Vatican Upholds Parishioner Appeal of Closed of British Parish. In late summer, the Congregation for the Clergy ruled that a 2008 decision by Bishop Brian Noble to close an historic church in the diocese of Shrewsbury was a violation of canon law. The ruling noted that 57% of the congregation had wanted the parish to stay open and Canon 1222 states that a church should only be closed if it causes no detriment to "the good of souls." Fran McGowan, who led the parishioner appeal said "The bishop is supposed to listen to the faithful according to Canon 385, but he has not done so." (The Tablet 8/22/09)

Cleveland Catholics Continue Activism. A group of lay Catholics concerned about the loss of 50 parishes in the Cleveland Diocese is asking Rome to appoint a coadjutor bishop to work alongside Bishop Richard G. Lennon. At a Sept. 24 press conference, Patricia Schulte-Singleton said that the step is being taken because Catholics have lost confidence in the Bishop. Schulte-Singleton is president of the group Endangered Catholics. The group, which has representation from about 15 parishes, maintains that many of the parishes targeted to close or merge should remain open because they are spiritually vibrant and financially viable.

Meanwhile, Nancy McGrath, president of a newly formed Cleveland protest group calling itself Code Purple, has filed a lawsuit claiming the Cleveland diocese has no authority under Ohio law to close churches without parishioners' consent. "It's very well established under Ohio law that a Catholic bishop holds the property of a parish in trust for the parish," said McGrath's lawyer, Robert Gippin, who has also asked the court to designate the suit as a class action. "We're saying he can't dispose of the trust or terminate the assets without the consent of the beneficiaries." But the Cleveland diocese disagrees: "Civil courts are required to respect the decisions of the church hierarchy in religious matters, such as the closing of a parish, and are constrained from interfering with the inner workings of the church by the First Amendment of the United States Constitution."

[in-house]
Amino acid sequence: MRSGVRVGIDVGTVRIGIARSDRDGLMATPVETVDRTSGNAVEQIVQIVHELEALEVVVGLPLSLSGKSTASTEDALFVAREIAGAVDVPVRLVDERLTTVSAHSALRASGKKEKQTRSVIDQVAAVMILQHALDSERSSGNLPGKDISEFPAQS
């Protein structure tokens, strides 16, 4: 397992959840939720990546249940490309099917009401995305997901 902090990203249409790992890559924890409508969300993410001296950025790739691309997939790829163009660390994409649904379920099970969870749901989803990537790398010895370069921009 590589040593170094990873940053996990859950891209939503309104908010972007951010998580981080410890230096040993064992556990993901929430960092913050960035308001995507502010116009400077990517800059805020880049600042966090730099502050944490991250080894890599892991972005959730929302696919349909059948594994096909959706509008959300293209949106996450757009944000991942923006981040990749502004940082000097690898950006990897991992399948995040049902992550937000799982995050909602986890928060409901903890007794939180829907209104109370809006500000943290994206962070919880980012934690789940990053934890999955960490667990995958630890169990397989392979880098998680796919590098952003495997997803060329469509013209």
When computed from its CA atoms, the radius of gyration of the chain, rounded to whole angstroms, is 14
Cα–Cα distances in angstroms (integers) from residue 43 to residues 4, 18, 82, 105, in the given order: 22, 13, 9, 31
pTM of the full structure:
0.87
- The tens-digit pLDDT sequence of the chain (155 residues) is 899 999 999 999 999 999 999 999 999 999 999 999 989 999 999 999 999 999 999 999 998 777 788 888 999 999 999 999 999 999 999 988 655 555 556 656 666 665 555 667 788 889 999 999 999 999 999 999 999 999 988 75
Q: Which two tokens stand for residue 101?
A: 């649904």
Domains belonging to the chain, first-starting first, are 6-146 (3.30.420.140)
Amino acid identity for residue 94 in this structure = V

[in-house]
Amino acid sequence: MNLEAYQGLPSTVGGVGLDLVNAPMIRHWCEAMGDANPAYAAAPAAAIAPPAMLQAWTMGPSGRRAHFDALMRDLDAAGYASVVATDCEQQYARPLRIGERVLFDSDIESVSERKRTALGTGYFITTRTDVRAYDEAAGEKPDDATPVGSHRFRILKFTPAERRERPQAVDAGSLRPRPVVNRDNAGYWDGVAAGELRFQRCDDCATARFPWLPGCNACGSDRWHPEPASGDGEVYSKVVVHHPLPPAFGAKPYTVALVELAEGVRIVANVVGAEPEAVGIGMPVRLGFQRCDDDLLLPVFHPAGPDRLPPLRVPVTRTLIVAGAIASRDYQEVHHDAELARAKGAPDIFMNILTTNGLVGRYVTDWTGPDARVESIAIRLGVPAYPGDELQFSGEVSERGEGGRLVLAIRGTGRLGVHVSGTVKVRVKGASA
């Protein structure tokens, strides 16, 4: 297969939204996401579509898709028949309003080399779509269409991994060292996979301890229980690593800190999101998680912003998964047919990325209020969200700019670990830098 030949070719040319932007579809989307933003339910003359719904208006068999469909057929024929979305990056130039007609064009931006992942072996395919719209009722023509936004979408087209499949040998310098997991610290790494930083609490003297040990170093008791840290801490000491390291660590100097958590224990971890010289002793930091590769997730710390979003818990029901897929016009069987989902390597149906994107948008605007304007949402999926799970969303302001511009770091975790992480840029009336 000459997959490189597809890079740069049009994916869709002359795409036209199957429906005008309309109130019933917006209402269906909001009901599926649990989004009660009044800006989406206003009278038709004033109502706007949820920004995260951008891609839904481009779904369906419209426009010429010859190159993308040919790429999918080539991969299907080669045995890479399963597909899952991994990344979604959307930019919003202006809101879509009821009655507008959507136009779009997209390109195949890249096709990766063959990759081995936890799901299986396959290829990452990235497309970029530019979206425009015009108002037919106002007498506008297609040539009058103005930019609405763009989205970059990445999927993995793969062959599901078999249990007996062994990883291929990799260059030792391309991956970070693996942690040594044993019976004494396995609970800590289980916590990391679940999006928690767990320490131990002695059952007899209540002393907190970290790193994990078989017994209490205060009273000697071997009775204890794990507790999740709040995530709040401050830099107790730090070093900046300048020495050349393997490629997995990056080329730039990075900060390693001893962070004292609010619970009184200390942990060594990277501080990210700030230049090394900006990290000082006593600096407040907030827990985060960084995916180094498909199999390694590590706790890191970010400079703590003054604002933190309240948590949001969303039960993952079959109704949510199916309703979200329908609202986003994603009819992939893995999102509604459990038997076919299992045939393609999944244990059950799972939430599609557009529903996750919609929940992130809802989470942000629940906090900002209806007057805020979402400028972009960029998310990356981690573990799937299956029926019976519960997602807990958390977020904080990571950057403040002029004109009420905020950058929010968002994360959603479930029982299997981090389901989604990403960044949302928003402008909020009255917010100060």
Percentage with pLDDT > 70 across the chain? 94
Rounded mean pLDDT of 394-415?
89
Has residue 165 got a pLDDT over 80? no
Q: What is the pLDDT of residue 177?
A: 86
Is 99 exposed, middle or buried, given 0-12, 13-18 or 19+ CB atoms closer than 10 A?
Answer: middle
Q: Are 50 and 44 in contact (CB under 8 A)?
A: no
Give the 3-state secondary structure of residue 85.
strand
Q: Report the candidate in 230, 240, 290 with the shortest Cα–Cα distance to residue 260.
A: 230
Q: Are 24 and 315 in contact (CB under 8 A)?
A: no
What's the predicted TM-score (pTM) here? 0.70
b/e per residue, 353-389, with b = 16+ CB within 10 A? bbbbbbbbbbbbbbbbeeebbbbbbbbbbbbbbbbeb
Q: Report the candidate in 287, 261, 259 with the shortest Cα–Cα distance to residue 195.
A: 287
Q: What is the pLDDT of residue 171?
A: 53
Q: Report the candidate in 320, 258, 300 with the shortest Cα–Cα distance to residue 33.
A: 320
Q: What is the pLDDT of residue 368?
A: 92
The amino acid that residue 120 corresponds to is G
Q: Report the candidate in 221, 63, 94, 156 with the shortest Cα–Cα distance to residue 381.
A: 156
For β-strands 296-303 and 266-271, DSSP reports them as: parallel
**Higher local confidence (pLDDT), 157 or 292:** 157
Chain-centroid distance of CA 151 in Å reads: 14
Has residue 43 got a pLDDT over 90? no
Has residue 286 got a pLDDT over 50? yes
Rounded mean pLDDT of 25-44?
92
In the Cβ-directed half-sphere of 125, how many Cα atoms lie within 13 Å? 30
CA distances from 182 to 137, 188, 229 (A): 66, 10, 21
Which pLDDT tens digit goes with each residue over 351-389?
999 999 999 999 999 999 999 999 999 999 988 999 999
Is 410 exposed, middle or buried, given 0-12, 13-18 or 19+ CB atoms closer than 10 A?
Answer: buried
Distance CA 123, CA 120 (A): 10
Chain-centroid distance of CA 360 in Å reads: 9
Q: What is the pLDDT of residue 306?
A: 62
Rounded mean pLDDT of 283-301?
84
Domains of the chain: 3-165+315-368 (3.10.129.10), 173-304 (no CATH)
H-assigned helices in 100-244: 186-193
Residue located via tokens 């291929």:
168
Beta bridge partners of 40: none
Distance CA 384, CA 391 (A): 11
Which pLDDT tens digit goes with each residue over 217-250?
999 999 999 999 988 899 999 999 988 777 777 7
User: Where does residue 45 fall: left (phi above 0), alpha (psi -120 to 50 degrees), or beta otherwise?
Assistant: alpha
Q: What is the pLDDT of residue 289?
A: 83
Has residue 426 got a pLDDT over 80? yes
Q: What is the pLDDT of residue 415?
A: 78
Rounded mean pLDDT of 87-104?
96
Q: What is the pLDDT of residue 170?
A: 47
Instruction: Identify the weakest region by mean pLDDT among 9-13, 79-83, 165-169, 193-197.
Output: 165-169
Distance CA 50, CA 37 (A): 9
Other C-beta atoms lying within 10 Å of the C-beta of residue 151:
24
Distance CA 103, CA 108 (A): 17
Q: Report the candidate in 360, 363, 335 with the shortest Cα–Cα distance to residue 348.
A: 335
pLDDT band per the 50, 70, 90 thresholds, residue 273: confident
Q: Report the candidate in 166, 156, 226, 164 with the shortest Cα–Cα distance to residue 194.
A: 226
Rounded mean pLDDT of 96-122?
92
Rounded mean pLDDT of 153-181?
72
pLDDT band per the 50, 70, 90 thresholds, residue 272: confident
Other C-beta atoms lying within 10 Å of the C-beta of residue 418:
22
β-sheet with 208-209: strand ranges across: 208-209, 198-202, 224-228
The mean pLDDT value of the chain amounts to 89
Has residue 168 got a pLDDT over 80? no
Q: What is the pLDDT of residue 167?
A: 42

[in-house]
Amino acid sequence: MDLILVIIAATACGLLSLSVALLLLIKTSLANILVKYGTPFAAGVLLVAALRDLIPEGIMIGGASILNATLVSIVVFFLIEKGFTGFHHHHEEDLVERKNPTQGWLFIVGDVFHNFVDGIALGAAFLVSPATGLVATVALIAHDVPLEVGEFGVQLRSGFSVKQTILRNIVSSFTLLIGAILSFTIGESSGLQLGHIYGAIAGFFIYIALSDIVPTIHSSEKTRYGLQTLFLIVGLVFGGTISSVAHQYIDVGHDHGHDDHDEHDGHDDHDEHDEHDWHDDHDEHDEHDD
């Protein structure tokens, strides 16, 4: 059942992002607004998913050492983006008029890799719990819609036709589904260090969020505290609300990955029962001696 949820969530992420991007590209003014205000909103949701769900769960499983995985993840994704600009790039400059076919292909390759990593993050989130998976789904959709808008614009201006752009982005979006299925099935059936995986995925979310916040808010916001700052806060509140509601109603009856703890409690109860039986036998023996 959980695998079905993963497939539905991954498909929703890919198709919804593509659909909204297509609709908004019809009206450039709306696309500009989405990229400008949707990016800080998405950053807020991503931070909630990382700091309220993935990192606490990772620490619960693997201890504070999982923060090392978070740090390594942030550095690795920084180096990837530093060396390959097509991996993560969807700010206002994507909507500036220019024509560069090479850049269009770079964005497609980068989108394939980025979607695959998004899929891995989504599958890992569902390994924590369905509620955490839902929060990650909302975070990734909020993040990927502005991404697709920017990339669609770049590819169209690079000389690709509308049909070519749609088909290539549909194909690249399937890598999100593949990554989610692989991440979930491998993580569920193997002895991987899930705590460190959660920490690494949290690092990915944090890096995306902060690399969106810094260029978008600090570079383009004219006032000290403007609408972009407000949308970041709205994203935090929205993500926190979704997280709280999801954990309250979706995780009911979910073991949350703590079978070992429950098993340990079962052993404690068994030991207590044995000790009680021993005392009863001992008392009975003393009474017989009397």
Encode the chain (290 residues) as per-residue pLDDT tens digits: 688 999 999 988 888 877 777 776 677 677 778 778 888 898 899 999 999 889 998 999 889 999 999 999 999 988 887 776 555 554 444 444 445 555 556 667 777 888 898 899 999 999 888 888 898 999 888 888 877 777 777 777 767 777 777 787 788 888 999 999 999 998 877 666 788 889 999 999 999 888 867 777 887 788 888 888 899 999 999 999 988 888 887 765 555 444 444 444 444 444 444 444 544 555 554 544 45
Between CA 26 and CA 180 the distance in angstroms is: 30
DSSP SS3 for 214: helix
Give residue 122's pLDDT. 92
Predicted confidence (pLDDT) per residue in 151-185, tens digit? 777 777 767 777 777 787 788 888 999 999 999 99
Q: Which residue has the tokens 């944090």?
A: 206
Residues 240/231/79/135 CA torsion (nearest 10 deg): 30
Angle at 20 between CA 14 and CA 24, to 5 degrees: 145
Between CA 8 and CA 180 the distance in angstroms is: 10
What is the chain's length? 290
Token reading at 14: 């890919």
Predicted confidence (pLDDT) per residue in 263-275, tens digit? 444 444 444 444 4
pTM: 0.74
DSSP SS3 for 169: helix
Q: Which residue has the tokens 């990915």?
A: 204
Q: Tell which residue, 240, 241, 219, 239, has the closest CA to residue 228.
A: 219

On a positive note, the Cleveland diocese has given the convent at St. Procop Church to the tiny nonprofit that rehabbed it five years ago. The 22-bedroom building, was given to Community Service Alliance, that uses it as a residence for men moving from homelessness to self-sufficiency. (Catholic News Service 9/25/09, Cleveland Plain Dealer 11/5/09 and 11/21/09)

At Least Fifty-Six US Parish Appeals in Rome. For the past three years, FutureChurch has tracked parishioner appeals of parish closings from all over the US. As of November 23, 2009, we estimate there are at least 56 canonical appeals from ten US dioceses at some point in the process in Rome. The actual number could well be higher, since canon lawyers advise parishioners to be discreet, to enhance the possibility of the desired outcome of a mediated settlement. The dioceses of Allentown, Boston, Cleveland and Scranton are believed to have between 8-14 appeals each. Other dioceses, such as Camden NJ, may have more as final decrees are issued.


Focus on FutureChurch

Fall 2009